Wrestling club looks to initiate full-fledged team

Kieron Williams / Staff Writer

In the Gold Room of the FIU Recreation Center, Alex Perez unrolled two large blue mats on to the wooden floor. Once they’ve covered a sizable area, he puts on his shoes—thin and blue with a strap of rubber around the toes for extra grip—and starts stretching. He’s the assistant coach of the FIU Wrestling Club, a new group on campus with less than a handful of members. Even with the small turnout, Perez is still excited to help students get back on the blue mats.

“A lot of kids come out of schools like Miami-Dade, and for the ones who have just wrestled locally it’s harder for them to leave everything and go up north to college for wrestling,” Perez said. “So for the kids that do want to continue it and stay at home for college, our club is a good way for them to travel the country, go to nationals in Texas, and possibly end up with a national championship while still staying home.”

Of the four members warming up together, two of them were coaches: Alex Perez and head coach Oraefo “Kuma” Brown. The other two members are brothers Justin and Julian Valhuerdi, who have been wrestling since high school.

“We started our sophomore year in high school and just never stopped,” Julian said. “By senior year we were both ranked at state level.”

Justin loves the effort it takes to succeed at wrestling.

“I’ve never been pushed so hard in my life, past my breaking point. I just want to keep pushing myself to the limit,” Justin said. “If people look at us from the outside, they’ll see us sweating, killing ourselves, and people would wonder why do you come back to that? And it’s just because we love it.”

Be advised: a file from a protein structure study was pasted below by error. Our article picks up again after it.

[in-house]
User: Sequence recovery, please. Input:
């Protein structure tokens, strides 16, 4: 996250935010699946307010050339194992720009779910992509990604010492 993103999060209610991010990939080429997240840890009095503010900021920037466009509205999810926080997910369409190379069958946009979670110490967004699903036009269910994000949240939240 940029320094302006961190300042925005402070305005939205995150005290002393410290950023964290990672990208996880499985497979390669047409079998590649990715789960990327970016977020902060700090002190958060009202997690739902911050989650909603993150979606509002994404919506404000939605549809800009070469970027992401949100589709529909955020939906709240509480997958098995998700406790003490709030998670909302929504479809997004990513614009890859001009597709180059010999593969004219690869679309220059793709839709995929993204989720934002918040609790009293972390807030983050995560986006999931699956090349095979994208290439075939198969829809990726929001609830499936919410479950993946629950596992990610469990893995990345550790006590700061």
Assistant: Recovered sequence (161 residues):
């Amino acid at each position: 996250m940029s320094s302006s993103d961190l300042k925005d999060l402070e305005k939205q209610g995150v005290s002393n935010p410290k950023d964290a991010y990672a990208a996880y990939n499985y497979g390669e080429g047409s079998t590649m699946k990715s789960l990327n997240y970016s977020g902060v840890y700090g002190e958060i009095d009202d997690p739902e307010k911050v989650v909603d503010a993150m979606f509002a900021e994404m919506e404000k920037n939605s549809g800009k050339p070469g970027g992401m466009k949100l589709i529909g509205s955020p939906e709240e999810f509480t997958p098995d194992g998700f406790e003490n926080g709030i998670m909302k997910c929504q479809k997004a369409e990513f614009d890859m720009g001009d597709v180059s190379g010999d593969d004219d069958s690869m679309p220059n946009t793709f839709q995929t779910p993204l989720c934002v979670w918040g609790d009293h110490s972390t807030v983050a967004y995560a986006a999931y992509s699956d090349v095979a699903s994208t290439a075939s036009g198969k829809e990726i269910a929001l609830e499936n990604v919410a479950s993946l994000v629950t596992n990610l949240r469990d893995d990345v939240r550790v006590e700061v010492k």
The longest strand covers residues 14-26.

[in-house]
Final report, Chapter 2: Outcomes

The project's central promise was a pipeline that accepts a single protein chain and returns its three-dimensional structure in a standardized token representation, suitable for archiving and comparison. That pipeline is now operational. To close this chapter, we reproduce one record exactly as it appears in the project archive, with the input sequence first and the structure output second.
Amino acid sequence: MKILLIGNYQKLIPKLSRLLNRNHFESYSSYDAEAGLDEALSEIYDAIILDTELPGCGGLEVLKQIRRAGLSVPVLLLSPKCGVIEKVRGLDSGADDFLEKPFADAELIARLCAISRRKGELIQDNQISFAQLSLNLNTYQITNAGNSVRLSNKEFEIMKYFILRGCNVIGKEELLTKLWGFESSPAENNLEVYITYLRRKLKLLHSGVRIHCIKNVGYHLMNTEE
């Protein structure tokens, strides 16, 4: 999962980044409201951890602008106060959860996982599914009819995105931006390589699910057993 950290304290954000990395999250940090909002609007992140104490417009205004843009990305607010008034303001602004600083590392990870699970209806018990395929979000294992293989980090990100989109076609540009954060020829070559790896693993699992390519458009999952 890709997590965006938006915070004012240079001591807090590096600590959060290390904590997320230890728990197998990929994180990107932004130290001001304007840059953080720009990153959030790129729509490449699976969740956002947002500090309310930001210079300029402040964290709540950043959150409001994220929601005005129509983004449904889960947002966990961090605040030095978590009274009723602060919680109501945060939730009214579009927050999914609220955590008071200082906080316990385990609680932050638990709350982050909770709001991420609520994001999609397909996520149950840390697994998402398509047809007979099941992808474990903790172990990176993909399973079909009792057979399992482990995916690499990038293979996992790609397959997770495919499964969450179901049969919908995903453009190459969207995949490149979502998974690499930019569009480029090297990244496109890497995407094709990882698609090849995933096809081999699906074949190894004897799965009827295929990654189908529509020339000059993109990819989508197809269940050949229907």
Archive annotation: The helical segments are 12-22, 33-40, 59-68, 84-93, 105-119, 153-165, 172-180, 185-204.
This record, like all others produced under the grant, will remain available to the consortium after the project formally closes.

“I like it because it’s way different from football or baseball,” Julian said. “There’s very little team elements to wrestling. When you’re out there on the mat, you’re on your own. But when you win that match, they raise your hand up, and you hear the audience cheer for you? It’s indescribable. You know you beat that guy because of your own effort.”

Alex Perez, who has been wrestling since grade five, says that wrestling is more than a sport. “Wrestling’s a lifestyle. It’s something you take with you,” Perez said. “It’s the hardest work you can do because you’re facing a guy one-on-one. I’ve seen football players who have trained the whole season, but when you put them on a wrestling mat they can’t last 2 minutes. The reason is because wrestling’s not just a sport. You have to work every day to be good at this.”

In his freshman year in high school, Julian was nearly expelled due to academic probation.

“When I started wrestling sophomore, it disciplined me,” Julian said. “I had to work harder so that I could stay and wrestle. And now I can even take that discipline off the mat and put it into jobs and to school. Studying super hard for a big test is the same as preparing for a big match.”

Looking into the future, the Valhuerdi brothers hope that more students will be drawn to the club so that they can take the club to the next level.

“One of the reasons I’m in the club is because of how great our coaches are,” Justin said. “I know there are a lot of wrestlers in this school that don’t know about the club and it would be awesome if we could make a team.”



About the Author

Kieron Williams
: I'm a Communications Arts major, and once I graduate I hope to use my degree and writing skills to become a screenwriter and novelist. I'm in my junior year at FIU, hoping to graduate by 2016, and I'm also Vice President of the FIU Film Initiative. I write for the News section, Life, and Opinion.

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